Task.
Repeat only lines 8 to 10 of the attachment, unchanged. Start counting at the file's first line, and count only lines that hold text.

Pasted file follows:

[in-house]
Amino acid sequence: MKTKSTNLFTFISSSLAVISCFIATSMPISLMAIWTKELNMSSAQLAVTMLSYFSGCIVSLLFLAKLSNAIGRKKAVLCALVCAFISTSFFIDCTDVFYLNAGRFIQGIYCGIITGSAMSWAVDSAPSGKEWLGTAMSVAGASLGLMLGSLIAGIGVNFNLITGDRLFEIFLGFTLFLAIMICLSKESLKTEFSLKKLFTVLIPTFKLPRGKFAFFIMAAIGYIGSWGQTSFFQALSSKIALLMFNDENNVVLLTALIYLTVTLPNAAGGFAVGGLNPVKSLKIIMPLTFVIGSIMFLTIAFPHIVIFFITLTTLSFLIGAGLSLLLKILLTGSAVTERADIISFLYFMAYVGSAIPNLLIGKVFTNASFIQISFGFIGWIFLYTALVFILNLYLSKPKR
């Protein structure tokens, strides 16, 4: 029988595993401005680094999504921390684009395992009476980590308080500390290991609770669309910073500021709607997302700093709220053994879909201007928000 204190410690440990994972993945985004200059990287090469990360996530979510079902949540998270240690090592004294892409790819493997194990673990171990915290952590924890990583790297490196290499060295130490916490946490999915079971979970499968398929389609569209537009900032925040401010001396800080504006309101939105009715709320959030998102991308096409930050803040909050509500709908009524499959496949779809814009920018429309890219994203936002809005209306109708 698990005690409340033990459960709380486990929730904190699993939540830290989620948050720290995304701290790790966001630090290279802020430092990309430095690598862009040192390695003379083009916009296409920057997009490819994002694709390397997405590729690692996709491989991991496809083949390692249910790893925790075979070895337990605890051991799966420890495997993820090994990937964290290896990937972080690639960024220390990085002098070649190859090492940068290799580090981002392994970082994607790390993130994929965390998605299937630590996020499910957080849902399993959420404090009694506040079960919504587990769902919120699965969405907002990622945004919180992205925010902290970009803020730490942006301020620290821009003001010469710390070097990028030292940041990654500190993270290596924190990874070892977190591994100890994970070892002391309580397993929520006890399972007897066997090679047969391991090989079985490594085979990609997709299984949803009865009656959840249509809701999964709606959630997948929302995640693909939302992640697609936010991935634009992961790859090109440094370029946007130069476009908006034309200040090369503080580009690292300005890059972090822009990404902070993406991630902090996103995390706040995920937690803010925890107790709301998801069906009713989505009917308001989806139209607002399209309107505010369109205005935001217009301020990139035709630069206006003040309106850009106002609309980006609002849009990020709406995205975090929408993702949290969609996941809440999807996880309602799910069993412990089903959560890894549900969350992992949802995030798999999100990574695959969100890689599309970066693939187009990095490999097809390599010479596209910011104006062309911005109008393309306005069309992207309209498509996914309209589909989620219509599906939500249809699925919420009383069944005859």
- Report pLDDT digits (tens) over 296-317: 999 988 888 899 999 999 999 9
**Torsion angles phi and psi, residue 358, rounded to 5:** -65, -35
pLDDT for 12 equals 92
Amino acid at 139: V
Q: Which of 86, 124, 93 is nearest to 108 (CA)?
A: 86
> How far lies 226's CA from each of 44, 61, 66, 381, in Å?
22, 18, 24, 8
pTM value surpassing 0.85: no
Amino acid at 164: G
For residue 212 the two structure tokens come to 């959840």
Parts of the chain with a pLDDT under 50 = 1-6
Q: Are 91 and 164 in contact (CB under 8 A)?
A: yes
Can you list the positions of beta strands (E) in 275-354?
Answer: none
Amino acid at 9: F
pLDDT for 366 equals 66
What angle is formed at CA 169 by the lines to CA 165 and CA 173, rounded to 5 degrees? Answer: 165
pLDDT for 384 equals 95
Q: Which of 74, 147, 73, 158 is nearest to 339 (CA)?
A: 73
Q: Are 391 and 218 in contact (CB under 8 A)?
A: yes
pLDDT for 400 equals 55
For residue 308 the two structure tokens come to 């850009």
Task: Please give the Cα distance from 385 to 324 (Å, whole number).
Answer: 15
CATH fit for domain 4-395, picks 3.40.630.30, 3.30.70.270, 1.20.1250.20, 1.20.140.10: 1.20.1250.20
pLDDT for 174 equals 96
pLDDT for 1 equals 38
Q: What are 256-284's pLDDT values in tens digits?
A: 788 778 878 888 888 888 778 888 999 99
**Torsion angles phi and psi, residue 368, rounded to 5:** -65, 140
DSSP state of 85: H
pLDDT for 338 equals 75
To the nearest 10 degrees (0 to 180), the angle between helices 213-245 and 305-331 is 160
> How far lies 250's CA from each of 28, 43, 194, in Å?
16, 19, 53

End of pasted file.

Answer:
Q: Which of 86, 124, 93 is nearest to 108 (CA)?
A: 86
> How far lies 226's CA from each of 44, 61, 66, 381, in Å?